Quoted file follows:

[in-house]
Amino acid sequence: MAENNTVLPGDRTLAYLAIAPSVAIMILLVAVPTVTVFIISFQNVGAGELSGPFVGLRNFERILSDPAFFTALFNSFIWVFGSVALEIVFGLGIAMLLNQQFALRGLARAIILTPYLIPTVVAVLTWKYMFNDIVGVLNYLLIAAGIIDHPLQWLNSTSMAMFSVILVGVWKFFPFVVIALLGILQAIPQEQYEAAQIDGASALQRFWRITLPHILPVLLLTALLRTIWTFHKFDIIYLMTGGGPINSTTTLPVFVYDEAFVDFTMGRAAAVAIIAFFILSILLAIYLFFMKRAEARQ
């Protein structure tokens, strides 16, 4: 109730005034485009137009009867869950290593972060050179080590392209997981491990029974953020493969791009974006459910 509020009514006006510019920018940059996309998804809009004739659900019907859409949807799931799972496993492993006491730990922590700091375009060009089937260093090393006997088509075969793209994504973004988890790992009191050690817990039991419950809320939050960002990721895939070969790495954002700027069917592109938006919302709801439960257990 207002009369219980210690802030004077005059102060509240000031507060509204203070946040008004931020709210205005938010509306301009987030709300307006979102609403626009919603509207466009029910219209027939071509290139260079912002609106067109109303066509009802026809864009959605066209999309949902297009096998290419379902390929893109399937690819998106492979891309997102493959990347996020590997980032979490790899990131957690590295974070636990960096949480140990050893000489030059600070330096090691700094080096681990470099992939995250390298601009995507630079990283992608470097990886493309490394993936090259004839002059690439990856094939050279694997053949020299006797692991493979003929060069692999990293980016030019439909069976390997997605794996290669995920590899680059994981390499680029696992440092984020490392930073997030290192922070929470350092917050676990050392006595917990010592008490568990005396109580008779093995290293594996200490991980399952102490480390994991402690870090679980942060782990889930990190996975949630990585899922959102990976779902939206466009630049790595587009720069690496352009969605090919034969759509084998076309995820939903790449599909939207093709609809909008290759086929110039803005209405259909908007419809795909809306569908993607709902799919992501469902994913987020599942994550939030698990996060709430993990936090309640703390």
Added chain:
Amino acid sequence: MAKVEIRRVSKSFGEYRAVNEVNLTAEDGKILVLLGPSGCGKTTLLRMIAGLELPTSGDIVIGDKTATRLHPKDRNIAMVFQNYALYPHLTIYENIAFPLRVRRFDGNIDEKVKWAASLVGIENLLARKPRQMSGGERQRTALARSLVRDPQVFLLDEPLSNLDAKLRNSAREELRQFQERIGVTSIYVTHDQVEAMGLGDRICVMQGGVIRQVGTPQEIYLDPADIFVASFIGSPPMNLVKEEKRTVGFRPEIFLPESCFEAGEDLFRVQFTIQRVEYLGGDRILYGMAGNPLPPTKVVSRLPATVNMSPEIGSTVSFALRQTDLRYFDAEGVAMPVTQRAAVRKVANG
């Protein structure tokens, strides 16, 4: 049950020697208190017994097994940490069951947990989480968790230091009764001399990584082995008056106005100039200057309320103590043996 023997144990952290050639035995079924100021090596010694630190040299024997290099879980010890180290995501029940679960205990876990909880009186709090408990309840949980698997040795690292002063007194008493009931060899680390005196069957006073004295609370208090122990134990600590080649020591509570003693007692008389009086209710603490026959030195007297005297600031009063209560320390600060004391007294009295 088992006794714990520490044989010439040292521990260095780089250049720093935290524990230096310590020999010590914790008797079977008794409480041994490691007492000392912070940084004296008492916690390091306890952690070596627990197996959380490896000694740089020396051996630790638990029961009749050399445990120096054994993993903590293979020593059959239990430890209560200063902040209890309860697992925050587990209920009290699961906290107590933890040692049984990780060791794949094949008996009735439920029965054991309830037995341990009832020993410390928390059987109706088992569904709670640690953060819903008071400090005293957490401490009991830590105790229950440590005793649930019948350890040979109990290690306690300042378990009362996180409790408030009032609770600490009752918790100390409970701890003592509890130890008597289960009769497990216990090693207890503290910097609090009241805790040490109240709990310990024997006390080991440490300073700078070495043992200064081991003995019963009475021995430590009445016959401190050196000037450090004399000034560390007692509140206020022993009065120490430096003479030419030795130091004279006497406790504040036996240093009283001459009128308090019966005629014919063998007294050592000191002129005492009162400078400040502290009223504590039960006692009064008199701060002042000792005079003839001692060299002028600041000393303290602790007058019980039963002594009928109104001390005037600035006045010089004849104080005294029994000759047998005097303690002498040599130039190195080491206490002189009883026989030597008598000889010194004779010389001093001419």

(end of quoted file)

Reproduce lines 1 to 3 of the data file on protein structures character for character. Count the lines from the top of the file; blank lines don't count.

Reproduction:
[in-house]
Amino acid sequence: MAENNTVLPGDRTLAYLAIAPSVAIMILLVAVPTVTVFIISFQNVGAGELSGPFVGLRNFERILSDPAFFTALFNSFIWVFGSVALEIVFGLGIAMLLNQQFALRGLARAIILTPYLIPTVVAVLTWKYMFNDIVGVLNYLLIAAGIIDHPLQWLNSTSMAMFSVILVGVWKFFPFVVIALLGILQAIPQEQYEAAQIDGASALQRFWRITLPHILPVLLLTALLRTIWTFHKFDIIYLMTGGGPINSTTTLPVFVYDEAFVDFTMGRAAAVAIIAFFILSILLAIYLFFMKRAEARQ
């Protein structure tokens, strides 16, 4: 109730005034485009137009009867869950290593972060050179080590392209997981491990029974953020493969791009974006459910 509020009514006006510019920018940059996309998804809009004739659900019907859409949807799931799972496993492993006491730990922590700091375009060009089937260093090393006997088509075969793209994504973004988890790992009191050690817990039991419950809320939050960002990721895939070969790495954002700027069917592109938006919302709801439960257990 207002009369219980210690802030004077005059102060509240000031507060509204203070946040008004931020709210205005938010509306301009987030709300307006979102609403626009919603509207466009029910219209027939071509290139260079912002609106067109109303066509009802026809864009959605066209999309949902297009096998290419379902390929893109399937690819998106492979891309997102493959990347996020590997980032979490790899990131957690590295974070636990960096949480140990050893000489030059600070330096090691700094080096681990470099992939995250390298601009995507630079990283992608470097990886493309490394993936090259004839002059690439990856094939050279694997053949020299006797692991493979003929060069692999990293980016030019439909069976390997997605794996290669995920590899680059994981390499680029696992440092984020490392930073997030290192922070929470350092917050676990050392006595917990010592008490568990005396109580008779093995290293594996200490991980399952102490480390994991402690870090679980942060782990889930990190996975949630990585899922959102990976779902939206466009630049790595587009720069690496352009969605090919034969759509084998076309995820939903790449599909939207093709609809909008290759086929110039803005209405259909908007419809795909809306569908993607709902799919992501469902994913987020599942994550939030698990996060709430993990936090309640703390």